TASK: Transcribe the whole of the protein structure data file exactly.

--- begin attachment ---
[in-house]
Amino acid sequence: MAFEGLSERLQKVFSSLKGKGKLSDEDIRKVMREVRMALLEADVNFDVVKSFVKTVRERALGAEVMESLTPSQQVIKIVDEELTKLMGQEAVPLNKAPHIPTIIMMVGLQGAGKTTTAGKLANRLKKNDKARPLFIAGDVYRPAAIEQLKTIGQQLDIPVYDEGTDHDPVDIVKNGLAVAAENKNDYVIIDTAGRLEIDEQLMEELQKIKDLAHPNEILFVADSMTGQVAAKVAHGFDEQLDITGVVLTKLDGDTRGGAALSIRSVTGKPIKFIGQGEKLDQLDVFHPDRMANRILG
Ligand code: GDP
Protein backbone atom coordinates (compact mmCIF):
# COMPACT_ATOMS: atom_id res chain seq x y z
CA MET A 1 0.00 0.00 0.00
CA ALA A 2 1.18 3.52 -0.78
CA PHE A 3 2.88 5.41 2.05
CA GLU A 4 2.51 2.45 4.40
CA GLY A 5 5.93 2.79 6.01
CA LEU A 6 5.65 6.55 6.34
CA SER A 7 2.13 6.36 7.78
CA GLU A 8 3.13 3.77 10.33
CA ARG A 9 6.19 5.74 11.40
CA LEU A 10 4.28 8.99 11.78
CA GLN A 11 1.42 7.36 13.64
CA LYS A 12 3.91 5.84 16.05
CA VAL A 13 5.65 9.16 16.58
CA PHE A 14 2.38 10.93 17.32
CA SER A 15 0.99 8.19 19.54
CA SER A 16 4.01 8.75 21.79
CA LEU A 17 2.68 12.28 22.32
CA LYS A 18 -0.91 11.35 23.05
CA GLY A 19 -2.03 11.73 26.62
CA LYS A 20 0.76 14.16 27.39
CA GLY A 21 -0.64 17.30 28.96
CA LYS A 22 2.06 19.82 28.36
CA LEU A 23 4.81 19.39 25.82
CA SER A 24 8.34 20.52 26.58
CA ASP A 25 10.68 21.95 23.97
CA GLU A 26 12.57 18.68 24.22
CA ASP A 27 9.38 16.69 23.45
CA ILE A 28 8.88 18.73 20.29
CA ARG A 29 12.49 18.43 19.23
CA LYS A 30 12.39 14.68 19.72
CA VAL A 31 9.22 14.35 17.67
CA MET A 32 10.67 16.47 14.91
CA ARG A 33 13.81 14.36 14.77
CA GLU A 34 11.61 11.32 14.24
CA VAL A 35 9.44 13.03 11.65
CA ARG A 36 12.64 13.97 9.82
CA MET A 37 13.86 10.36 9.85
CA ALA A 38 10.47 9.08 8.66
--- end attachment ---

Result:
[in-house]
Amino acid sequence: MAFEGLSERLQKVFSSLKGKGKLSDEDIRKVMREVRMALLEADVNFDVVKSFVKTVRERALGAEVMESLTPSQQVIKIVDEELTKLMGQEAVPLNKAPHIPTIIMMVGLQGAGKTTTAGKLANRLKKNDKARPLFIAGDVYRPAAIEQLKTIGQQLDIPVYDEGTDHDPVDIVKNGLAVAAENKNDYVIIDTAGRLEIDEQLMEELQKIKDLAHPNEILFVADSMTGQVAAKVAHGFDEQLDITGVVLTKLDGDTRGGAALSIRSVTGKPIKFIGQGEKLDQLDVFHPDRMANRILG
Ligand code: GDP
Protein backbone atom coordinates (compact mmCIF):
# COMPACT_ATOMS: atom_id res chain seq x y z
CA MET A 1 0.00 0.00 0.00
CA ALA A 2 1.18 3.52 -0.78
CA PHE A 3 2.88 5.41 2.05
CA GLU A 4 2.51 2.45 4.40
CA GLY A 5 5.93 2.79 6.01
CA LEU A 6 5.65 6.55 6.34
CA SER A 7 2.13 6.36 7.78
CA GLU A 8 3.13 3.77 10.33
CA ARG A 9 6.19 5.74 11.40
CA LEU A 10 4.28 8.99 11.78
CA GLN A 11 1.42 7.36 13.64
CA LYS A 12 3.91 5.84 16.05
CA VAL A 13 5.65 9.16 16.58
CA PHE A 14 2.38 10.93 17.32
CA SER A 15 0.99 8.19 19.54
CA SER A 16 4.01 8.75 21.79
CA LEU A 17 2.68 12.28 22.32
CA LYS A 18 -0.91 11.35 23.05
CA GLY A 19 -2.03 11.73 26.62
CA LYS A 20 0.76 14.16 27.39
CA GLY A 21 -0.64 17.30 28.96
CA LYS A 22 2.06 19.82 28.36
CA LEU A 23 4.81 19.39 25.82
CA SER A 24 8.34 20.52 26.58
CA ASP A 25 10.68 21.95 23.97
CA GLU A 26 12.57 18.68 24.22
CA ASP A 27 9.38 16.69 23.45
CA ILE A 28 8.88 18.73 20.29
CA ARG A 29 12.49 18.43 19.23
CA LYS A 30 12.39 14.68 19.72
CA VAL A 31 9.22 14.35 17.67
CA MET A 32 10.67 16.47 14.91
CA ARG A 33 13.81 14.36 14.77
CA GLU A 34 11.61 11.32 14.24
CA VAL A 35 9.44 13.03 11.65
CA ARG A 36 12.64 13.97 9.82
CA MET A 37 13.86 10.36 9.85
CA ALA A 38 10.47 9.08 8.66